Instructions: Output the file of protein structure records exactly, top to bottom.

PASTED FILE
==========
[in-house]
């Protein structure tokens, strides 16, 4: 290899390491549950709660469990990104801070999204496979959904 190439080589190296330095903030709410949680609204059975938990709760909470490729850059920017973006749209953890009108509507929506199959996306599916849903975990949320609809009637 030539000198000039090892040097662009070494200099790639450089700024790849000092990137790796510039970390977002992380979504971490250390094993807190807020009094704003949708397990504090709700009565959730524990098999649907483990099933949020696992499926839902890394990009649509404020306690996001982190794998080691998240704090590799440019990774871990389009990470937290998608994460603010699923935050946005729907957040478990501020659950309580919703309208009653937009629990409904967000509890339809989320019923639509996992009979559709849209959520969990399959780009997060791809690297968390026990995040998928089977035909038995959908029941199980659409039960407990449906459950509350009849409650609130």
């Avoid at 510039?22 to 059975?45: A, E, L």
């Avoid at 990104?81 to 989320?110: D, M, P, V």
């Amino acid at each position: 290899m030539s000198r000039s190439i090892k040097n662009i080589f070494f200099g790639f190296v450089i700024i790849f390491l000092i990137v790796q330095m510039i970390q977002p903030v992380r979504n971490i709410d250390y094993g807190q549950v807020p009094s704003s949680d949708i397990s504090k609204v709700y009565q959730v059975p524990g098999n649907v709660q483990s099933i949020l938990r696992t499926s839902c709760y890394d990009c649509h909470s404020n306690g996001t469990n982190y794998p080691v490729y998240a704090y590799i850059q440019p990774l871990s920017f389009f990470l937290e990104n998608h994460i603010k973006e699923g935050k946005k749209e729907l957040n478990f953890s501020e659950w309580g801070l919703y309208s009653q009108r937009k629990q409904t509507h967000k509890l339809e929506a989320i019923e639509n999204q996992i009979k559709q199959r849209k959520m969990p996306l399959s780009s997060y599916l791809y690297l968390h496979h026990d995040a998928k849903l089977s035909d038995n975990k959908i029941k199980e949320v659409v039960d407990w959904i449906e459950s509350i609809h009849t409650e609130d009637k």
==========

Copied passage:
[in-house]
């Protein structure tokens, strides 16, 4: 290899390491549950709660469990990104801070999204496979959904 190439080589190296330095903030709410949680609204059975938990709760909470490729850059920017973006749209953890009108509507929506199959996306599916849903975990949320609809009637 030539000198000039090892040097662009070494200099790639450089700024790849000092990137790796510039970390977002992380979504971490250390094993807190807020009094704003949708397990504090709700009565959730524990098999649907483990099933949020696992499926839902890394990009649509404020306690996001982190794998080691998240704090590799440019990774871990389009990470937290998608994460603010699923935050946005729907957040478990501020659950309580919703309208009653937009629990409904967000509890339809989320019923639509996992009979559709849209959520969990399959780009997060791809690297968390026990995040998928089977035909038995959908029941199980659409039960407990449906459950509350009849409650609130």
């Avoid at 510039?22 to 059975?45: A, E, L």
């Avoid at 990104?81 to 989320?110: D, M, P, V």
């Amino acid at each position: 290899m030539s000198r000039s190439i090892k040097n662009i080589f070494f200099g790639f190296v450089i700024i790849f390491l000092i990137v790796q330095m510039i970390q977002p903030v992380r979504n971490i709410d250390y094993g807190q549950v807020p009094s704003s949680d949708i397990s504090k609204v709700y009565q959730v059975p524990g098999n649907v709660q483990s099933i949020l938990r696992t499926s839902c709760y890394d990009c649509h909470s404020n306690g996001t469990n982190y794998p080691v490729y998240a704090y590799i850059q440019p990774l871990s920017f389009f990470l937290e990104n998608h994460i603010k973006e699923g935050k946005k749209e729907l957040n478990f953890s501020e659950w309580g801070l919703y309208s009653q009108r937009k629990q409904t509507h967000k509890l339809e929506a989320i019923e639509n999204q996992i009979k559709q199959r849209k959520m969990p996306l399959s780009s997060y599916l791809y690297l968390h496979h026990d995040a998928k849903l089977s035909d038995n975990k959908i029941k199980e949320v659409v039960d407990w959904i449906e459950s509350i609809h009849t409650e609130d009637k």